Author Margot Livesey read Charlotte Bronte's "Jane Eyre" when she was a nine-year-old in Scotland and identified strongly with the orphan Jane.
Like Jane Eyre, Livesey went to boarding school at a young age and felt like an outsider: She was poorer than most of her classmates and she was the target of bullies. Now Livesey pays tribute to Jane Eyre, but also incorporates some of her own history in her book "The Flight of Gemma Hardy."
In the novel, Gemma is the child of an Icelandic father and Scottish mother who is orphaned early, spurned by her aunt, attends an unwelcoming school, and eventually meets and falls in love with a much older man, whom she eventually leaves because of a terrible secret.
But Gemma Hardy lives in mid-20th-century Scotland, not 19th-century England and her choices and options are very different from those of Jane Eyre.
Livesey tells us that at first, she was appalled at the idea of writing another version of Bronte's book, but then she realized that the story of the orphan appeals to a universal audience. Livesey not only wanted to pay tribute to Bronte's work but also to meditate on how women's lives have changed (and not changed) since Bronte was writing.
An 'Exile's Novel'
Livesey also calls "The Flight of Gemma Hardy" an "exile's novel--" Livesey has spent most of the last thirty years living in the United States, and she says the book allowed her to reconnect with Scotland, in that it is "infused with my memories of the landscapes where I grew up and of a certain longing for those landscapes."
Book Excerpt: The Flight Of Gemma Hardy
By: Margot Livesey
“In that case,” said my aunt, “Veronica and Gemma can walk to the farm to collect the eggs.”
“Oh, must I, Mum?” said Veronica. “She’s such a—”
The door to my uncle’s study was only a few feet away, across the cor¬ridor. Hastily I opened it, stepped inside, and shut out whatever came next. Not long ago this room had been the centre of the house, a place brightened by my uncle’s energy, made tranquil by his concentration as he worked on his sermons, but last February, skating alone on the river at dusk, he had fallen through the ice, and now I was the only one who spent any time here, or who seemed to miss him. Just inside the door was a pyramid of cardboard boxes, the remains of my aunt’s several recent purchases. But beyond the boxes the room was as he had left it. His pen still lay on the desk beside the sermon he’d been preparing. At the top of the page he had written: “Sunday, 16 February A.D. 1958. No man is an island.” A pile of books still sat on the floor next to his chair; the dead coals of his last fire crumbled in the grate. To my childish fancy, the room mourned him in a way that no member of his family did, certainly not my aunt, who dined out two or three times a week, played bridge for small sums of money, and since the season started, rode to hounds whenever she could. At breakfast that morning, she had said I must no longer call her Aunt but ma’am, like Betty the housemaid.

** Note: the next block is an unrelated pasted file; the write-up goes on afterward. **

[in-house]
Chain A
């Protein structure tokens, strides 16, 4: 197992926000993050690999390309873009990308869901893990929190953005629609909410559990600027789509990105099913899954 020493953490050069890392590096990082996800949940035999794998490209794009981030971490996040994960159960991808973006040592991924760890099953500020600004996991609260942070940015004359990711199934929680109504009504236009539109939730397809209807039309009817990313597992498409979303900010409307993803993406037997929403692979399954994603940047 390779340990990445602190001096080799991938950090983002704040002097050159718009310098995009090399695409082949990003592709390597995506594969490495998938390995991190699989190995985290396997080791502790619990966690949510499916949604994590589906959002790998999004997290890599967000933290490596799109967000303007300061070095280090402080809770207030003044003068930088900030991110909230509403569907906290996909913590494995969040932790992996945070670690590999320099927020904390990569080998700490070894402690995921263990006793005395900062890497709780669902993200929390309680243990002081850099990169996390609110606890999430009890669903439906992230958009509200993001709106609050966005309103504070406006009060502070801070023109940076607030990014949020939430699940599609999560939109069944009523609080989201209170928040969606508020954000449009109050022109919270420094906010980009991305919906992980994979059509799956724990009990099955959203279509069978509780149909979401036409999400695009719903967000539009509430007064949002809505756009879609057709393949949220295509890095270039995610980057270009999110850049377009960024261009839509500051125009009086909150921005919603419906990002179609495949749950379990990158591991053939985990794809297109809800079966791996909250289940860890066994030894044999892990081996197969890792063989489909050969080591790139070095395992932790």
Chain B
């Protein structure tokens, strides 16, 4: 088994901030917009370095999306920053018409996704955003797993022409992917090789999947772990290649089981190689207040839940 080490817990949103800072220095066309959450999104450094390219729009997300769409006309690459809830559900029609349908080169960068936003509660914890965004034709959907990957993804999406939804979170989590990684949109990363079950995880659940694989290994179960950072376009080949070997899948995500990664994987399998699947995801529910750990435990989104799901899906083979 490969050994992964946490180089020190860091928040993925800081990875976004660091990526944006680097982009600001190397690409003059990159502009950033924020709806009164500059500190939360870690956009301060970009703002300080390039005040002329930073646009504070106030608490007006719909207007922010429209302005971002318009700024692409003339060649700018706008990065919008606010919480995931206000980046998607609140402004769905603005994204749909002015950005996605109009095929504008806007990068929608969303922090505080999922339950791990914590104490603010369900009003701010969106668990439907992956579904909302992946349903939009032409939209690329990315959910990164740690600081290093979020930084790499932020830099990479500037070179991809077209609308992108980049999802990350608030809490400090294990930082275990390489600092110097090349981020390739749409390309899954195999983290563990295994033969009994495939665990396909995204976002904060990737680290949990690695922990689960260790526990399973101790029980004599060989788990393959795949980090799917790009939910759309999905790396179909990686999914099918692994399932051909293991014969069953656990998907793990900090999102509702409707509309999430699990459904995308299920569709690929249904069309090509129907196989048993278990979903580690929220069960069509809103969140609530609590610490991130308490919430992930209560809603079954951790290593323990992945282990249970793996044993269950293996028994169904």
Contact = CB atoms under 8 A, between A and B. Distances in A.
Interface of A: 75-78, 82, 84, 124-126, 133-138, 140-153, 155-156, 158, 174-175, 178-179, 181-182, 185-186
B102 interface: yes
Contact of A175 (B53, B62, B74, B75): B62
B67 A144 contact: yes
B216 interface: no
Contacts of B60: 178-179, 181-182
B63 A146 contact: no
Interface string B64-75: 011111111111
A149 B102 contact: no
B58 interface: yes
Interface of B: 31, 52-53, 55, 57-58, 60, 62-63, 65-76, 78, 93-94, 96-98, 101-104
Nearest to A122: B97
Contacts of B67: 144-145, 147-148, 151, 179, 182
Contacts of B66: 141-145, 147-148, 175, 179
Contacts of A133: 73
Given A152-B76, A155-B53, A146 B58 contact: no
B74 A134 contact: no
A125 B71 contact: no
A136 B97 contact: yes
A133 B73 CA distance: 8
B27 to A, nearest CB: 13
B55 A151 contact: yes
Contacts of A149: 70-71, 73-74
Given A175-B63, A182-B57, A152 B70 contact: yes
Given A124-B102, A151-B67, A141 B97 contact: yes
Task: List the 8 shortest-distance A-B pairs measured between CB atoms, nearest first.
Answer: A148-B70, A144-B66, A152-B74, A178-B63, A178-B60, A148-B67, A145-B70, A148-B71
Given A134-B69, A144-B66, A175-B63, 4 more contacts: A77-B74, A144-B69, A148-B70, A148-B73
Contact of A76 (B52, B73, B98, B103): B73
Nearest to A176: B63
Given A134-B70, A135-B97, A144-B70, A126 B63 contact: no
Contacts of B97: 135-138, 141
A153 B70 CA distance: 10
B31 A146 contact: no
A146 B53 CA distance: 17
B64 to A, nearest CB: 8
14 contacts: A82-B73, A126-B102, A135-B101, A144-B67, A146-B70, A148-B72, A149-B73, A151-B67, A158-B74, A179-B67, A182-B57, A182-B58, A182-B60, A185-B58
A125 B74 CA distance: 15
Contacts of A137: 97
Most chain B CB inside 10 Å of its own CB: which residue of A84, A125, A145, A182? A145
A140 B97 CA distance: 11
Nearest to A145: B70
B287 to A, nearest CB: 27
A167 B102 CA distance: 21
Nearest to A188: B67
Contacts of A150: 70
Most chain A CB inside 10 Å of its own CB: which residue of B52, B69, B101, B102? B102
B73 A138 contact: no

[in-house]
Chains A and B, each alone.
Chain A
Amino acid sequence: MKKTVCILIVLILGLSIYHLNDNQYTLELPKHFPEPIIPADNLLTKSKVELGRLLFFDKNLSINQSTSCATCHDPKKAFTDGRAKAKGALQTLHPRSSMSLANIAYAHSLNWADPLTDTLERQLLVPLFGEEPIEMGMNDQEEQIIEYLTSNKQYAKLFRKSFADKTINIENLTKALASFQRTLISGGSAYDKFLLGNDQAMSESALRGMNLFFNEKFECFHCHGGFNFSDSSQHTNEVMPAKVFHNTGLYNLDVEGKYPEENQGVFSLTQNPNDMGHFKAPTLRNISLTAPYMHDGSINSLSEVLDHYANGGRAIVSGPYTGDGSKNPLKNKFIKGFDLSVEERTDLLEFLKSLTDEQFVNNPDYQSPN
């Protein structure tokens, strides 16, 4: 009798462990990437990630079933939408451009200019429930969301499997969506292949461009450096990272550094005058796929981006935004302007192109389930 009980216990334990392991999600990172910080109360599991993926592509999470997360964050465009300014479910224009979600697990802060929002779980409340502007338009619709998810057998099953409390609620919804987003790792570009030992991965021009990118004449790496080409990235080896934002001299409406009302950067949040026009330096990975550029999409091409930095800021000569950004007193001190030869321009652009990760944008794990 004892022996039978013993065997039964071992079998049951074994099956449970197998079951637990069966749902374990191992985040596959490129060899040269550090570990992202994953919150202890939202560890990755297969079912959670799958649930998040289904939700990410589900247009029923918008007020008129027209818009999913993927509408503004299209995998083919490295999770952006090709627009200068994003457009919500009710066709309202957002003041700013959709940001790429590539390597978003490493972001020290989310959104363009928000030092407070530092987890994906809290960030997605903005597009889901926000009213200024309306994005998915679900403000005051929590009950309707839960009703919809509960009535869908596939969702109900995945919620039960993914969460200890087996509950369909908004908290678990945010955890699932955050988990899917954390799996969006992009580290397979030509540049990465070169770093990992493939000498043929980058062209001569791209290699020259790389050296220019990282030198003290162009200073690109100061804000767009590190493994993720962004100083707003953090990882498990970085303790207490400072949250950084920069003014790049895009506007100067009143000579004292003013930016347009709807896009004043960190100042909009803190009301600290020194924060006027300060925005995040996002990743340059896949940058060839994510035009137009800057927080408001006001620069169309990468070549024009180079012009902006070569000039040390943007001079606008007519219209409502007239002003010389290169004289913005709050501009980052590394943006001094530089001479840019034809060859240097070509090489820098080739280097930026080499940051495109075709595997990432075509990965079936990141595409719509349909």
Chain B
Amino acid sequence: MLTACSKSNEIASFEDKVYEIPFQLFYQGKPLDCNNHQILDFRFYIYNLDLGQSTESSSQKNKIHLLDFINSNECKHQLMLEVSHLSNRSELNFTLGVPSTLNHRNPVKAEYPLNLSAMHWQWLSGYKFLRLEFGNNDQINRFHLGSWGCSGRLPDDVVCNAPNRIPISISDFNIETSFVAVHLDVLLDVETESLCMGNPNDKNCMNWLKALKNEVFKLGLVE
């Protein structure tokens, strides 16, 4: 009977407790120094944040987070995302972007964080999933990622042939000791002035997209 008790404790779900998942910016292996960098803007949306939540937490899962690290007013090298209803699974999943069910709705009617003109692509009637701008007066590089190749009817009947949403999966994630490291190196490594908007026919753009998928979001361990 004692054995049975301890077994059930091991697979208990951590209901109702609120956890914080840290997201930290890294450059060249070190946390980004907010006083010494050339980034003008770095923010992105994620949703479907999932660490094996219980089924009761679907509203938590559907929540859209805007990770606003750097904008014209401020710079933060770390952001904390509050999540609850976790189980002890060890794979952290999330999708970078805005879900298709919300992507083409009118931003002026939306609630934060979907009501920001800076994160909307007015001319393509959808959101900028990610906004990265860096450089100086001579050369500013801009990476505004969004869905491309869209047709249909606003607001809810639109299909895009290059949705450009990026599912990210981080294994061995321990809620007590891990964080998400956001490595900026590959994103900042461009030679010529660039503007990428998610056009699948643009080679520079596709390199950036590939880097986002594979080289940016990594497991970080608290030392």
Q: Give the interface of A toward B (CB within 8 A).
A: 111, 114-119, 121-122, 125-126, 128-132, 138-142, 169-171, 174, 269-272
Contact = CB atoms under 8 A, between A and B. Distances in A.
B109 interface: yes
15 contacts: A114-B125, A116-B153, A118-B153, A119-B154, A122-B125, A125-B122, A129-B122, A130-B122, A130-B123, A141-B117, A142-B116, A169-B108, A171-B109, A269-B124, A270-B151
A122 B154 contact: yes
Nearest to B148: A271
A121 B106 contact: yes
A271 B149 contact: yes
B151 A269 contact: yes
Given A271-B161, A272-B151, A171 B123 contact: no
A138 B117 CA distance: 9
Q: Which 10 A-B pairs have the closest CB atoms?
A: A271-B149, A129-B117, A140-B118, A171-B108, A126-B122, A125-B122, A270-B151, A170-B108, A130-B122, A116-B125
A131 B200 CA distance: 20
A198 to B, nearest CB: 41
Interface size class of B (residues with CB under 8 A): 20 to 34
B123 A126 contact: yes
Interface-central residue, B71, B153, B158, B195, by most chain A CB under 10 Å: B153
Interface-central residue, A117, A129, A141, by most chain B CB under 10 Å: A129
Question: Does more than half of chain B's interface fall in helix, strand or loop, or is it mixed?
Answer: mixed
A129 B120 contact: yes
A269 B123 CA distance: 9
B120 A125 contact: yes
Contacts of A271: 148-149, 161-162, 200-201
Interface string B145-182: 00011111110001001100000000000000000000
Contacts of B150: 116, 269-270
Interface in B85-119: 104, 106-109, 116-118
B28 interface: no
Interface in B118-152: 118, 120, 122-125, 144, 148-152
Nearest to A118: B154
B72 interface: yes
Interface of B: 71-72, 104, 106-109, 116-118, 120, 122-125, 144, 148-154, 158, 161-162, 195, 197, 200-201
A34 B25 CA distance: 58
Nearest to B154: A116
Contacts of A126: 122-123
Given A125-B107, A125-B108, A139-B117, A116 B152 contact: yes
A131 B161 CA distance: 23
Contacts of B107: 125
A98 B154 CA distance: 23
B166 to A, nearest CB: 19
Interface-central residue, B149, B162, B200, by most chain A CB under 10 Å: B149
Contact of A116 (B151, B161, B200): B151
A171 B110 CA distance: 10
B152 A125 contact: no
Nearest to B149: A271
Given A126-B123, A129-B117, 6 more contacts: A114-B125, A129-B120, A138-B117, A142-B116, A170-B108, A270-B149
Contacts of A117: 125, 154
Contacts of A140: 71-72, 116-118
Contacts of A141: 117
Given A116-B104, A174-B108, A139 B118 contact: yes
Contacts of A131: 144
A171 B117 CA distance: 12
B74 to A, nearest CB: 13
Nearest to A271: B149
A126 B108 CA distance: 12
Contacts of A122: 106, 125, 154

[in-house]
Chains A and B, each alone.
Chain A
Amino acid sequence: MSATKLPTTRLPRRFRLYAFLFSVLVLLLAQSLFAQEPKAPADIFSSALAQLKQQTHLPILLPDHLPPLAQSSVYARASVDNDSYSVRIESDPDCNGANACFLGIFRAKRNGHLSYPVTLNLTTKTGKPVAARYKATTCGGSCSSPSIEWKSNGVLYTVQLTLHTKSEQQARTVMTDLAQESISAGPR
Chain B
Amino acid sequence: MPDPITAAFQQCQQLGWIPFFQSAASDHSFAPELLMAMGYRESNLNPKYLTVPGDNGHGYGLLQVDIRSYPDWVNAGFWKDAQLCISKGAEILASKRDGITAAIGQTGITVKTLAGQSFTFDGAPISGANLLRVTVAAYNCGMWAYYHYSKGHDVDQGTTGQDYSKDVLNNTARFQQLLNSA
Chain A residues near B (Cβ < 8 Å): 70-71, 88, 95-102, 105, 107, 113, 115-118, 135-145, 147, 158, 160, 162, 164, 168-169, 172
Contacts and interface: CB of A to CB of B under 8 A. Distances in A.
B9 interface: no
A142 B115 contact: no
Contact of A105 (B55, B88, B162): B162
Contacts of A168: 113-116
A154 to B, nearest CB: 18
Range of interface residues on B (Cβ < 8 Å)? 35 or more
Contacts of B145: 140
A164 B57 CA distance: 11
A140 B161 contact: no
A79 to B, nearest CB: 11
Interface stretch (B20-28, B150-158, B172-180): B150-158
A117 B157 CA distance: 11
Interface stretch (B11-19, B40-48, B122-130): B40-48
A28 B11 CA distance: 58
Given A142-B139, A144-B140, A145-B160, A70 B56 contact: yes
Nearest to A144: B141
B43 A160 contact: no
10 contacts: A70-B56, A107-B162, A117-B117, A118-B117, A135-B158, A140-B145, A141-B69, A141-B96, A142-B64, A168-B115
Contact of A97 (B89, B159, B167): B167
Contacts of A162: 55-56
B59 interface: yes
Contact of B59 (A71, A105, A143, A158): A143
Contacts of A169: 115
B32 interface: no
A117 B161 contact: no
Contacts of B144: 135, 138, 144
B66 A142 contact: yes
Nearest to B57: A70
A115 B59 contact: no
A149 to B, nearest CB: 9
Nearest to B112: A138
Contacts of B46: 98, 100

Setting the shoes on the floor and trying not to imagine how Ve¬ronica had finished her sentence—such a copycat? such a moron?—I read over my uncle’s opening paragraph. “We each begin as an island, but we soon build bridges. Even the most solitary person has, perhaps without knowing it, a causeway, a cable, a line of stepping-stones, con¬necting him or her to others, allowing for the possibility of communi¬cation and affection.” As I read the familiar phrases I pictured myself as a small, verdant island in a grey sea; when the tide went out, a line of rocks surfaced, joining me to another island, or the mainland. The image bore no relation to my present life—neither my aunt nor my cousins wanted any connection with me—but I cherished the hope that one day my uncle’s words would prove true. Someone would ap¬pear at the other end of the causeway.
I stepped over to the bookcase and pulled down one of my favour¬ite books: Birds of the World. Each page showed a bird in its natural habitat—a puffin with its fat, gaudy beak, peering out of a burrow, a lyre-bird spreading its tail beneath a leafy tree—accompanied by a description. Usually I read curled in the armchair beside the fire, conjuring an imaginary warmth from the cold embers, but today, not wanting to reveal my presence by turning on the light, I settled myself on the window-seat. Pulling the heavy green curtain around me, I flew away into the pictures.